Every day the men and women of America’s armed forces complete their various roles and tasks away from the spotlight of public attention. The media is seldom interested in the routine, and often mundane, tasks soldiers, sailors, coasties, Marines and airmen perform as part of their daily duties.

CNN, USA Today and thousands of other media outlets have very little interest in a routine Army patrol exercise, a scheduled Navy ship repair, Coast Guard training exercises, a Marine barracks inspection, or a normal Air Force mid-air refueling mission. Literally thousands of events like these occur everyday, and the professionals serving in our armed forces are rarely the top newsmakers of any given broadcast or publication.

However, during a major event, crisis or wartime operation, the various armed forces come together to provide our country’s senior leadership with unmatched expertise in thousands of skills. These events by their nature attract public attention and intense media interest.

When more than one component of the nation’s armed forces is assigned to work with another, this is called a joint operation. For example, during Operation Condor, ground-based Marine and Army units in the mountains of Afghanistan directed Navy and Air Force aircraft to targets located hundreds of miles away from their carriers and airfields.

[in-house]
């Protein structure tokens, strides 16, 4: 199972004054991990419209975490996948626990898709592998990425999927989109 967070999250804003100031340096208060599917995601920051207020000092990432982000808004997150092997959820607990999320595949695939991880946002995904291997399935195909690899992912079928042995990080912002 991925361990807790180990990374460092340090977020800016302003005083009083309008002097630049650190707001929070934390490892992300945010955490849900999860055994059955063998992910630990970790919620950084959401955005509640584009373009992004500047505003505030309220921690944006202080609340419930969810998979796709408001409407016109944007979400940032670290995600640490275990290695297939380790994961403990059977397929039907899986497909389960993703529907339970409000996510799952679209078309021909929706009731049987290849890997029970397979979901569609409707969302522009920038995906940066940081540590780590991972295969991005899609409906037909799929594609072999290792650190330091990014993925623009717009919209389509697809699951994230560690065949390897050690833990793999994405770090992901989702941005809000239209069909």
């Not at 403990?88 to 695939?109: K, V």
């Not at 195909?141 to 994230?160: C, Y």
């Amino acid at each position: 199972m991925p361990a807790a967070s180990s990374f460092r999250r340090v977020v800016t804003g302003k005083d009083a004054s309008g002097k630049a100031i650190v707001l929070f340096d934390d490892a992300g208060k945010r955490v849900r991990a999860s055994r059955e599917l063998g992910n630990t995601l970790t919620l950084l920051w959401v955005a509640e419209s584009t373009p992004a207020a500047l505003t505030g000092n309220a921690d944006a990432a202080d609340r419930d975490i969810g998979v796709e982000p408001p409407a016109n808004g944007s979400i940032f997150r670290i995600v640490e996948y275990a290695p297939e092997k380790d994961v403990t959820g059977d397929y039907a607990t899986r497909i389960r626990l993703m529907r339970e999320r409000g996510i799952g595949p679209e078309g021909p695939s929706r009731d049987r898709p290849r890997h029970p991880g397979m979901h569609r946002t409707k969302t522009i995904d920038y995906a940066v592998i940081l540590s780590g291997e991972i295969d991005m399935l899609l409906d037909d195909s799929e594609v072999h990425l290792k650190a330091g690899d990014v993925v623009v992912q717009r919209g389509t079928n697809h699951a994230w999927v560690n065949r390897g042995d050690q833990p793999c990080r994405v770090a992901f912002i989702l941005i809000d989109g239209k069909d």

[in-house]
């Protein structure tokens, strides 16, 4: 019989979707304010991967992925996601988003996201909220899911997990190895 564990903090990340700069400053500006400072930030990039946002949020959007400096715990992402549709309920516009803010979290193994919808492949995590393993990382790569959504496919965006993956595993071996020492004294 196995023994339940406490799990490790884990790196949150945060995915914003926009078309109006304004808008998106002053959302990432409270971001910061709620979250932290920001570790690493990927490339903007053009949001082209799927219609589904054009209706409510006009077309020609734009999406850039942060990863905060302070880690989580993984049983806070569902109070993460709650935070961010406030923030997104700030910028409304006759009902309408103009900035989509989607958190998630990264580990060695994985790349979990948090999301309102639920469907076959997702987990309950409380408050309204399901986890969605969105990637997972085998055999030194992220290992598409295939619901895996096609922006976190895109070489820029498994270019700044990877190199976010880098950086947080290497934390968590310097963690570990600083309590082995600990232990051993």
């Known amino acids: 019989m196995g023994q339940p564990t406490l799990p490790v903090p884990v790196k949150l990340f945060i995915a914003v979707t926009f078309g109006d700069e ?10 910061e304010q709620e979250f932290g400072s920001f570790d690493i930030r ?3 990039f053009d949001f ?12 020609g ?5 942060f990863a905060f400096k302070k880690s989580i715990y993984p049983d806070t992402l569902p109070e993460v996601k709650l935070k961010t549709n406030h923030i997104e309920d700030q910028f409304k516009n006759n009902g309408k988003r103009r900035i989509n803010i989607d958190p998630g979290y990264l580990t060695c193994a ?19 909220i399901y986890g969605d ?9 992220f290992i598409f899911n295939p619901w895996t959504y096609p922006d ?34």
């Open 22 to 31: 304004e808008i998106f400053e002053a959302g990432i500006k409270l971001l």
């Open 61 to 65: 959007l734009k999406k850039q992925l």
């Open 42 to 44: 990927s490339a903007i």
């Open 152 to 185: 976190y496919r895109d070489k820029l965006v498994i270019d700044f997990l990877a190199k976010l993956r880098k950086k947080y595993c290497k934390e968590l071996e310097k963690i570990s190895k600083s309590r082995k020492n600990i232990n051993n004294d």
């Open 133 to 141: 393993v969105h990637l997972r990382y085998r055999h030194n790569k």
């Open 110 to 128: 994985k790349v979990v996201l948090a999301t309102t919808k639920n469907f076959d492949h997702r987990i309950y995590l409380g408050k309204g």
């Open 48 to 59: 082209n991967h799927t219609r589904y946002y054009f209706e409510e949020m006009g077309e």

Both the ground units and the air combat support teams have established doctrine allowing them to integrate their operations and maximize the abilities of their individual units – by working together as a team to reach a common objective.
Commanders of all joint units are trained in how to interact with their various service counterparts to properly communicate and relay their needs so the assigned mission is accomplished swiftly, safely, and successfully.

Underneath the umbrella of these operations, a Joint Information Bureau (JIB) is often formed. When created by the operational commander, the JIB is designed to bring to bear the various service’s public affairs professionals to create a single-point clearing house of media and public information about the operation.
However, unlike their battlefield brethren, the tasks and roles of individual JIB components are rarely well-integrated into the overall mission of the unit. Each uniformed service brings it’s own doctrine to the formation of the JIB, and in many cases individual service policies and actions co-opt the intended purpose of the JIB.

Instead of acting as a single-point liaison for the media and public, the JIB often becomes only a single reference for information about the operations and actions being performed by the various services in the field. This often creates conflicting messages and information being released to various publics and jeopardizes the credibility of both the JIB and the individual services.

The objective of this capstone project is to analyze the causes and effects of this phenomenon, and identify solutions based on application of communication theory. It is hoped that future leaders and JIB members can use the information provided in this capstone project to improve information flow through the JIB. This will enhance the mission of not only the JIB itself, but help maintain the credibility of units involved in future joint operations.



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